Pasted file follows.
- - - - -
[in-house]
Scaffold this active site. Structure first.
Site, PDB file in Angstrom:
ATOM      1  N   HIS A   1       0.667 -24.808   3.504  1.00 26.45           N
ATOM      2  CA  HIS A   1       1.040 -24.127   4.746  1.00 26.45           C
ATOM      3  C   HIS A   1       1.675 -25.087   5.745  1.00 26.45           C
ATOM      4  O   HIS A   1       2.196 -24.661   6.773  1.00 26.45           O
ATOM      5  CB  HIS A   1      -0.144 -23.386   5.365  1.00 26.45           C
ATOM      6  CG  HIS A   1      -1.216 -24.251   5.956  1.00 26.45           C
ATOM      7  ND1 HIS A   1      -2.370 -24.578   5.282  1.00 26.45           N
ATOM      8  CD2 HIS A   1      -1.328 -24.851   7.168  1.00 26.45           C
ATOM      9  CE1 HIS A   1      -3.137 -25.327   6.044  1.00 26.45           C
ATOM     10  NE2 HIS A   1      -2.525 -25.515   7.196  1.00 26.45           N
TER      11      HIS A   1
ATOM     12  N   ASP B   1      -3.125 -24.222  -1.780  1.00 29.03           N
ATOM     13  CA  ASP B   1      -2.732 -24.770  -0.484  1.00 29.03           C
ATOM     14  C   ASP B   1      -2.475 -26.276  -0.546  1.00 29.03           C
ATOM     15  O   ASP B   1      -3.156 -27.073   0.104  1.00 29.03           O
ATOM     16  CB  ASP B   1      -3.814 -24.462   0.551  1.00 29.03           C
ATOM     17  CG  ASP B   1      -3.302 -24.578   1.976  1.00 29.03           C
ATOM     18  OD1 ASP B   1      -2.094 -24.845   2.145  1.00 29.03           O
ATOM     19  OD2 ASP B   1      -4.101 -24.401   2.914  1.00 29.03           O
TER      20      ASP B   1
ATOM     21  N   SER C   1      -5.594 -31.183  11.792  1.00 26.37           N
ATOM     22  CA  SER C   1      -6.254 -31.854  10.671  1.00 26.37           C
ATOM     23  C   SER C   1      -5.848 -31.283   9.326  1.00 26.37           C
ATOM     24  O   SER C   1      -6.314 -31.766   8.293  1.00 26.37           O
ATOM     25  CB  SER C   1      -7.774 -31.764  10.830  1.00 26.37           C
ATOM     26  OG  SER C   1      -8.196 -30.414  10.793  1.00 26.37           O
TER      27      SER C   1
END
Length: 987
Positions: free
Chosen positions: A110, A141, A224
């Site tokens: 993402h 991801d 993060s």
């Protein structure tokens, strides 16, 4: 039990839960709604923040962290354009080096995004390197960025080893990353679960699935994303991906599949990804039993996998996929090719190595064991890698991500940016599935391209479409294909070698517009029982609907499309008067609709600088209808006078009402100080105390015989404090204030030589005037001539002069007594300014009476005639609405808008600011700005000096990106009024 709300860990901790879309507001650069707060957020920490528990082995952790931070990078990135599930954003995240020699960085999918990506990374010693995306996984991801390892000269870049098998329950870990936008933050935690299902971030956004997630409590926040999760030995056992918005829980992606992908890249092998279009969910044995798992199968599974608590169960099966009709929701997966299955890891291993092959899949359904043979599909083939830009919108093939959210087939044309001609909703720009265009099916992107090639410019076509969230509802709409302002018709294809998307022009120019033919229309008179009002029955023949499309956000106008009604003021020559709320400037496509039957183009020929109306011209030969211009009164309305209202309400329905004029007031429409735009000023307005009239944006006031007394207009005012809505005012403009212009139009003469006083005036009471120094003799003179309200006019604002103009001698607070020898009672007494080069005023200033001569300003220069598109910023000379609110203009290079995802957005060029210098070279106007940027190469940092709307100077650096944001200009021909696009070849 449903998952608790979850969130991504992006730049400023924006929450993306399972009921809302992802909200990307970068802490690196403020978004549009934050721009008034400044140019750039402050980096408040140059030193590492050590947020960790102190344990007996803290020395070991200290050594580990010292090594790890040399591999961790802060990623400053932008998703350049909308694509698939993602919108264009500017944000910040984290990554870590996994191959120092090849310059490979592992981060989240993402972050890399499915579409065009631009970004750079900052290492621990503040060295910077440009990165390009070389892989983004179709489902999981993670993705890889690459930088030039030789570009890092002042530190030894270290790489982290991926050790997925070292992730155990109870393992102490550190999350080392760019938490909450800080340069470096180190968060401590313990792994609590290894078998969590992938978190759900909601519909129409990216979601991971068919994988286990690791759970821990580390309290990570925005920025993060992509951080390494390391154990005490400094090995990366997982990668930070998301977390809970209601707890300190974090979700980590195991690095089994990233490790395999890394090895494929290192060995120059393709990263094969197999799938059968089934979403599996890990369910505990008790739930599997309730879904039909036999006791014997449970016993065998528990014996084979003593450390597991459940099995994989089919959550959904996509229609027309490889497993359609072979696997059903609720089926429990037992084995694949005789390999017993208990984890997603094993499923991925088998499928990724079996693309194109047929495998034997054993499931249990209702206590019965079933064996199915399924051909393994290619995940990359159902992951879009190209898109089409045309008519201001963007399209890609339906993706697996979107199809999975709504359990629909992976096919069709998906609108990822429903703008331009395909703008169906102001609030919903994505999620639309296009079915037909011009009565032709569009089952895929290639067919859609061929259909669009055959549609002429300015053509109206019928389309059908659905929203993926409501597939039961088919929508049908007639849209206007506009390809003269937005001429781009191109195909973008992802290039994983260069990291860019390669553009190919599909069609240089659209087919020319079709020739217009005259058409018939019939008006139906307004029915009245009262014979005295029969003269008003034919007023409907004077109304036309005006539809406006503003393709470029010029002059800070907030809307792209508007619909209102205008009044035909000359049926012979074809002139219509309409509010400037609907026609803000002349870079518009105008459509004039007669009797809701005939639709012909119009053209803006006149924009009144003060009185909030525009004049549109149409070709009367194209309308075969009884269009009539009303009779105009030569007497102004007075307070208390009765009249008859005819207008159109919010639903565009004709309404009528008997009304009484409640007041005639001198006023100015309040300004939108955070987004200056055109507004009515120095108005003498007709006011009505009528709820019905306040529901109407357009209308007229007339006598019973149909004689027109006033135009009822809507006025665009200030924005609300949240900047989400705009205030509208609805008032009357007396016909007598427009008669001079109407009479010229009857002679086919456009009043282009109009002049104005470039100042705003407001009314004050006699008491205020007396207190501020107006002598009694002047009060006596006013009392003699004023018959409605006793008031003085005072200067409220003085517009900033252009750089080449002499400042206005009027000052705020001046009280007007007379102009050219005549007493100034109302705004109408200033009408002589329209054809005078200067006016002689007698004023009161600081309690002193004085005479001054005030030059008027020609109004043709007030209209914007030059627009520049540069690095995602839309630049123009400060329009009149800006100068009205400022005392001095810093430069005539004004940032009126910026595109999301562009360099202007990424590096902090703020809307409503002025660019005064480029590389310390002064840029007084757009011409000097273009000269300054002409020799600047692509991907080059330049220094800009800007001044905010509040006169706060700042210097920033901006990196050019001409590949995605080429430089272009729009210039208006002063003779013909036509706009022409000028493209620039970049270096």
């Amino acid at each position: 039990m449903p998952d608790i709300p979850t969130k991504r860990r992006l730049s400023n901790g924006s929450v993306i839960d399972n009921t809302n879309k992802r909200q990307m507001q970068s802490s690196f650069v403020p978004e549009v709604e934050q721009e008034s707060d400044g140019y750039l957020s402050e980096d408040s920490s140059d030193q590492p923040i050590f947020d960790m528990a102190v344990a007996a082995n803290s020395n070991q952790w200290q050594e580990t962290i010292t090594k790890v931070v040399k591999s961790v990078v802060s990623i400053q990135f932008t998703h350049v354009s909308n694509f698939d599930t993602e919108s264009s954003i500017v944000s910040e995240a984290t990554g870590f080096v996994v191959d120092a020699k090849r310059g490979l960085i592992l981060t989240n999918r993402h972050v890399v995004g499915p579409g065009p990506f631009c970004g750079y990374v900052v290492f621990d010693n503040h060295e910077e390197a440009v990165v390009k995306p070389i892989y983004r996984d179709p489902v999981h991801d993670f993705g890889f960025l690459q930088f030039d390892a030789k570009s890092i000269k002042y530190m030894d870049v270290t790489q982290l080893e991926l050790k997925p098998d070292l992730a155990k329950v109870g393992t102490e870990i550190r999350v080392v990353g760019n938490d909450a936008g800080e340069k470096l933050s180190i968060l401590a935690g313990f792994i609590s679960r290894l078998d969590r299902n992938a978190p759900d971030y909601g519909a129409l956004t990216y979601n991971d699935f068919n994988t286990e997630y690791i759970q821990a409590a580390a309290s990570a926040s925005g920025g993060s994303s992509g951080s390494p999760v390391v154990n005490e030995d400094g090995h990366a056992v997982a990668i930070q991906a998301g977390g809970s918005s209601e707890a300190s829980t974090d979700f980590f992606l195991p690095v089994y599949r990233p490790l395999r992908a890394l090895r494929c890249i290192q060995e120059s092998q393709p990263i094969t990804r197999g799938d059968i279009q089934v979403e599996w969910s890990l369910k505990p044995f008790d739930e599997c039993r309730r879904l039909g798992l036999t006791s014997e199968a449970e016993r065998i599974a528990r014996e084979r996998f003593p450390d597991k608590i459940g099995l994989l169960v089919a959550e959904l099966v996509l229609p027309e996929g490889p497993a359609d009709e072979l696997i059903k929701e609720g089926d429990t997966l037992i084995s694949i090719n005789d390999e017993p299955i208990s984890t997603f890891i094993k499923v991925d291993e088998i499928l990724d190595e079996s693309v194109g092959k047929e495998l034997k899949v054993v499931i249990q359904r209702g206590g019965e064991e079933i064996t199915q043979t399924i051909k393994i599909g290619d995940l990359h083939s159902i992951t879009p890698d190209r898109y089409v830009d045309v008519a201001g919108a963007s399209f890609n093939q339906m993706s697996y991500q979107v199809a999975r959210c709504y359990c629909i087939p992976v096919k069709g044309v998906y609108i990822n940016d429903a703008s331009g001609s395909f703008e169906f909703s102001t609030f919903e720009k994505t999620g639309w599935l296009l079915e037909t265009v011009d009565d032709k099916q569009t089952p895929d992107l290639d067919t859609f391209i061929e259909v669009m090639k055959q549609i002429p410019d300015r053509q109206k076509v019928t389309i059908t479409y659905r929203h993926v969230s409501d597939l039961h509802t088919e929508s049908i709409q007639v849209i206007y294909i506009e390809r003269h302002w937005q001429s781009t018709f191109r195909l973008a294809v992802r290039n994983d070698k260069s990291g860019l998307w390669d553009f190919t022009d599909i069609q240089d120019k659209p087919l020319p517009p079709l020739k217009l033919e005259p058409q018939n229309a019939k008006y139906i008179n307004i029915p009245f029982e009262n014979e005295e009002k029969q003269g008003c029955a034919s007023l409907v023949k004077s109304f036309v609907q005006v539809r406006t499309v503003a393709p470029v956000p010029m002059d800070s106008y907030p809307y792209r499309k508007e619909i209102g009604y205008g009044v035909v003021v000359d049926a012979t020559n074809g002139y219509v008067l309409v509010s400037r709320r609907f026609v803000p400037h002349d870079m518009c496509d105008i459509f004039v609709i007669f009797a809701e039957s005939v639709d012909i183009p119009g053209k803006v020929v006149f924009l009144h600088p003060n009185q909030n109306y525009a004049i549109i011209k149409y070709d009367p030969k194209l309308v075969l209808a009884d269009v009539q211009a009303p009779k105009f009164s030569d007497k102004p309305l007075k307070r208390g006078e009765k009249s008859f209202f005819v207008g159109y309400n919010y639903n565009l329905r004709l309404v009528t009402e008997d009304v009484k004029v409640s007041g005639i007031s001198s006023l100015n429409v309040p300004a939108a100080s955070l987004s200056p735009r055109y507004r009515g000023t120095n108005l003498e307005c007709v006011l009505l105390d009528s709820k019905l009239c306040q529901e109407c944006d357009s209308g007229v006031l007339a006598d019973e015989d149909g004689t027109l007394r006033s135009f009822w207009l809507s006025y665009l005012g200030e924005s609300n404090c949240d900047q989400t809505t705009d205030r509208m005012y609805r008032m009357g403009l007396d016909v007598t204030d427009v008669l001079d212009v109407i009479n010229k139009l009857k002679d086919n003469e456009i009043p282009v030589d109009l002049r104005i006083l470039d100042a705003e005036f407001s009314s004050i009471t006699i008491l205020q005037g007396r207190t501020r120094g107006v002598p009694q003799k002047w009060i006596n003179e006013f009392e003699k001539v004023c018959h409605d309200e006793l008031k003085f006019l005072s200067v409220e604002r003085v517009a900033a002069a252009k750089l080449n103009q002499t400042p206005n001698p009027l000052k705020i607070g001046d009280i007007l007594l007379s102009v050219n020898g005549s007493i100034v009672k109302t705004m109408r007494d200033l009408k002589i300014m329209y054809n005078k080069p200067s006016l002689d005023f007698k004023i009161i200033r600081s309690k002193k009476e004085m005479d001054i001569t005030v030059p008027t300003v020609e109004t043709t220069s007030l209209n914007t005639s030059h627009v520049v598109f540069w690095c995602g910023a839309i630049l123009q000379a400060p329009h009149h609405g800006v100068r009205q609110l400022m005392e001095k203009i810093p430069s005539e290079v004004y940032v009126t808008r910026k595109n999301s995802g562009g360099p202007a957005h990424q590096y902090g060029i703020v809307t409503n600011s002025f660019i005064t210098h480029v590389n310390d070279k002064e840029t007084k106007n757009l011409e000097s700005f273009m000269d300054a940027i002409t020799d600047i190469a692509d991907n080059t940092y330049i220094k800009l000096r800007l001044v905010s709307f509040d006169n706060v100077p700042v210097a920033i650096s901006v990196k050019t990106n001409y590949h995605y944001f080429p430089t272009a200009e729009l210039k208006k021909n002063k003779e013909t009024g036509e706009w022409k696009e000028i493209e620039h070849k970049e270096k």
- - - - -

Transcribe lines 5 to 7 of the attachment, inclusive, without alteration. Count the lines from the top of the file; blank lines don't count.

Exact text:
ATOM      2  CA  HIS A   1       1.040 -24.127   4.746  1.00 26.45           C
ATOM      3  C   HIS A   1       1.675 -25.087   5.745  1.00 26.45           C
ATOM      4  O   HIS A   1       2.196 -24.661   6.773  1.00 26.45           O